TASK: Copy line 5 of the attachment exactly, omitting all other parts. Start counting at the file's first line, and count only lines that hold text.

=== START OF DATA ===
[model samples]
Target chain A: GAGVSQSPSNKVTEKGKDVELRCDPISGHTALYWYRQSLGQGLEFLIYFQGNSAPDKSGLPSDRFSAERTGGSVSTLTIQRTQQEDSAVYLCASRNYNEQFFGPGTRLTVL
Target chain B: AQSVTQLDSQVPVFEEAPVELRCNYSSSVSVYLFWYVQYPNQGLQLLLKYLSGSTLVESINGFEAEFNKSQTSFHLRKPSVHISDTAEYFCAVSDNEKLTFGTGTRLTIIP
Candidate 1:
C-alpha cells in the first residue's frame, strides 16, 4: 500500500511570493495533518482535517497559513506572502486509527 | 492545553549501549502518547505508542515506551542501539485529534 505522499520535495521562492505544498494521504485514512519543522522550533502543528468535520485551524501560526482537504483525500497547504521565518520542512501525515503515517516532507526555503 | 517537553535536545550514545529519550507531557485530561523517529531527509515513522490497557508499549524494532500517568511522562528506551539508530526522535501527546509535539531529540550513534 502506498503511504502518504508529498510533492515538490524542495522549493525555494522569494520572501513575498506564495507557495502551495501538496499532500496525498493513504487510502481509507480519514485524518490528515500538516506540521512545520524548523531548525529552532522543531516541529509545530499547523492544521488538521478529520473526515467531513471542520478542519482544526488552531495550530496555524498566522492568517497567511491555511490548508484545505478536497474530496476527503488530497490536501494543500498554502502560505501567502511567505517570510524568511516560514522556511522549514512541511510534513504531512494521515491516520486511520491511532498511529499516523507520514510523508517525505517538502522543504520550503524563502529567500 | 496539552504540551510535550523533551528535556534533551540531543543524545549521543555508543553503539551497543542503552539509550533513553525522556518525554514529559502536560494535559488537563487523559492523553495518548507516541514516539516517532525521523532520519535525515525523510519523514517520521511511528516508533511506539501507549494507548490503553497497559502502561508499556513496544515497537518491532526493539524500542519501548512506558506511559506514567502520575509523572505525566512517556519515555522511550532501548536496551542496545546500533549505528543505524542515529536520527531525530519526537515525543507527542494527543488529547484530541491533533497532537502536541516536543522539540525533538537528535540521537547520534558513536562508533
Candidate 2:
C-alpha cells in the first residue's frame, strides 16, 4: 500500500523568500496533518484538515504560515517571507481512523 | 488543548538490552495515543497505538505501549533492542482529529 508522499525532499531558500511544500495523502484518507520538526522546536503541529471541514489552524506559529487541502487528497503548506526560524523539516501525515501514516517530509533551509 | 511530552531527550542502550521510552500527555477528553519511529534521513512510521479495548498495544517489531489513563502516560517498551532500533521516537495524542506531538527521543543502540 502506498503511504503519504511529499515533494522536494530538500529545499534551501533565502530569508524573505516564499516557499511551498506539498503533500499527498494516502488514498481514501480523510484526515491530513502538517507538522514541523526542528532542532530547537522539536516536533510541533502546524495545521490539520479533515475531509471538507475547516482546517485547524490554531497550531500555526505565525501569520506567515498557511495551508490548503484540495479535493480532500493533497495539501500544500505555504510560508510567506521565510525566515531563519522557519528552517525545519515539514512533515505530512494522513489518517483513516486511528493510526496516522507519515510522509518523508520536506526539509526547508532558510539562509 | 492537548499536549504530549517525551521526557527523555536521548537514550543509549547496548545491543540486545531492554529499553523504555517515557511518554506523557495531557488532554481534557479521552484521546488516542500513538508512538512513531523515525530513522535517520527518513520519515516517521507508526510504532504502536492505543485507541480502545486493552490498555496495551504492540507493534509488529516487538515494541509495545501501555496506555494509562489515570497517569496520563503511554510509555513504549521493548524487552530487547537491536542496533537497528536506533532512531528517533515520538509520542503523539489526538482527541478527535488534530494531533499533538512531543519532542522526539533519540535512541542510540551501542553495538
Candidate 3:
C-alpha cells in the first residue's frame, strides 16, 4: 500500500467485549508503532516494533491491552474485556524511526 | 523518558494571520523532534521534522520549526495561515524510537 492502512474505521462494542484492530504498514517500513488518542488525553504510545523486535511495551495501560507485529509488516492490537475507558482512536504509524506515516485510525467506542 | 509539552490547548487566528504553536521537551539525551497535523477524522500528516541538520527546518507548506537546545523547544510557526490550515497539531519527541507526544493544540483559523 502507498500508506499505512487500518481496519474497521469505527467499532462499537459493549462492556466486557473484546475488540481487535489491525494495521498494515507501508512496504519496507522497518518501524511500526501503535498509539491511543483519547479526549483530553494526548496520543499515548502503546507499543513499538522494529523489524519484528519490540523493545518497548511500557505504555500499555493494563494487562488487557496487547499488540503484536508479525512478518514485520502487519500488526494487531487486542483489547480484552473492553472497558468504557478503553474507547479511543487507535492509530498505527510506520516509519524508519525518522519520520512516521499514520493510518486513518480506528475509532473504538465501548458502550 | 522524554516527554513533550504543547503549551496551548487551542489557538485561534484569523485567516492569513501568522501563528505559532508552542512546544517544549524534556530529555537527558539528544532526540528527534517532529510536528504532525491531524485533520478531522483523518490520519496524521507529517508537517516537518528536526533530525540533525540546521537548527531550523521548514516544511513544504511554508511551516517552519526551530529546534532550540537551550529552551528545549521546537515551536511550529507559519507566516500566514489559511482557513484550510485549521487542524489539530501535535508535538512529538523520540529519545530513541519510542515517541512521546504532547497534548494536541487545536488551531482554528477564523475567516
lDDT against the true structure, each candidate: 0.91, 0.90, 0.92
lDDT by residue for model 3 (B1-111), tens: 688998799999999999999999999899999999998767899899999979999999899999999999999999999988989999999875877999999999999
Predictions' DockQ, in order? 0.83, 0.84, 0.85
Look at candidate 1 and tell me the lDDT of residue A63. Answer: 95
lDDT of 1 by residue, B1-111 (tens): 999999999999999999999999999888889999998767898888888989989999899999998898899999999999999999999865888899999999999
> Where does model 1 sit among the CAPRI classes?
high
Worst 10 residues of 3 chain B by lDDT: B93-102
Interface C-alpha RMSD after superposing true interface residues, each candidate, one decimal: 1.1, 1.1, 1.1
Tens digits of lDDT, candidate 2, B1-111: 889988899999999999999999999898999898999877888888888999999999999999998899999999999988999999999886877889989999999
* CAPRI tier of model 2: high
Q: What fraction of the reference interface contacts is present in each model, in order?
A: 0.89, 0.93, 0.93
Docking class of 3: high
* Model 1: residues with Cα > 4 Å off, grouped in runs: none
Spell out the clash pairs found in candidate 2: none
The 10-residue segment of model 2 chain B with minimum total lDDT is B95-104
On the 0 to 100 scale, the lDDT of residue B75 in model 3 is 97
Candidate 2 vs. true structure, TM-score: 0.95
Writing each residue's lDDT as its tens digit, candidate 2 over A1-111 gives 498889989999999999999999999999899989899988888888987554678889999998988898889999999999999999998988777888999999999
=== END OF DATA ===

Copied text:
C-alpha cells in the first residue's frame, strides 16, 4: 500500500511570493495533518482535517497559513506572502486509527 | 492545553549501549502518547505508542515506551542501539485529534 505522499520535495521562492505544498494521504485514512519543522522550533502543528468535520485551524501560526482537504483525500497547504521565518520542512501525515503515517516532507526555503 | 517537553535536545550514545529519550507531557485530561523517529531527509515513522490497557508499549524494532500517568511522562528506551539508530526522535501527546509535539531529540550513534 502506498503511504502518504508529498510533492515538490524542495522549493525555494522569494520572501513575498506564495507557495502551495501538496499532500496525498493513504487510502481509507480519514485524518490528515500538516506540521512545520524548523531548525529552532522543531516541529509545530499547523492544521488538521478529520473526515467531513471542520478542519482544526488552531495550530496555524498566522492568517497567511491555511490548508484545505478536497474530496476527503488530497490536501494543500498554502502560505501567502511567505517570510524568511516560514522556511522549514512541511510534513504531512494521515491516520486511520491511532498511529499516523507520514510523508517525505517538502522543504520550503524563502529567500 | 496539552504540551510535550523533551528535556534533551540531543543524545549521543555508543553503539551497543542503552539509550533513553525522556518525554514529559502536560494535559488537563487523559492523553495518548507516541514516539516517532525521523532520519535525515525523510519523514517520521511511528516508533511506539501507549494507548490503553497497559502502561508499556513496544515497537518491532526493539524500542519501548512506558506511559506514567502520575509523572505525566512517556519515555522511550532501548536496551542496545546500533549505528543505524542515529536520527531525530519526537515525543507527542494527543488529547484530541491533533497532537502536541516536543522539540525533538537528535540521537547520534558513536562508533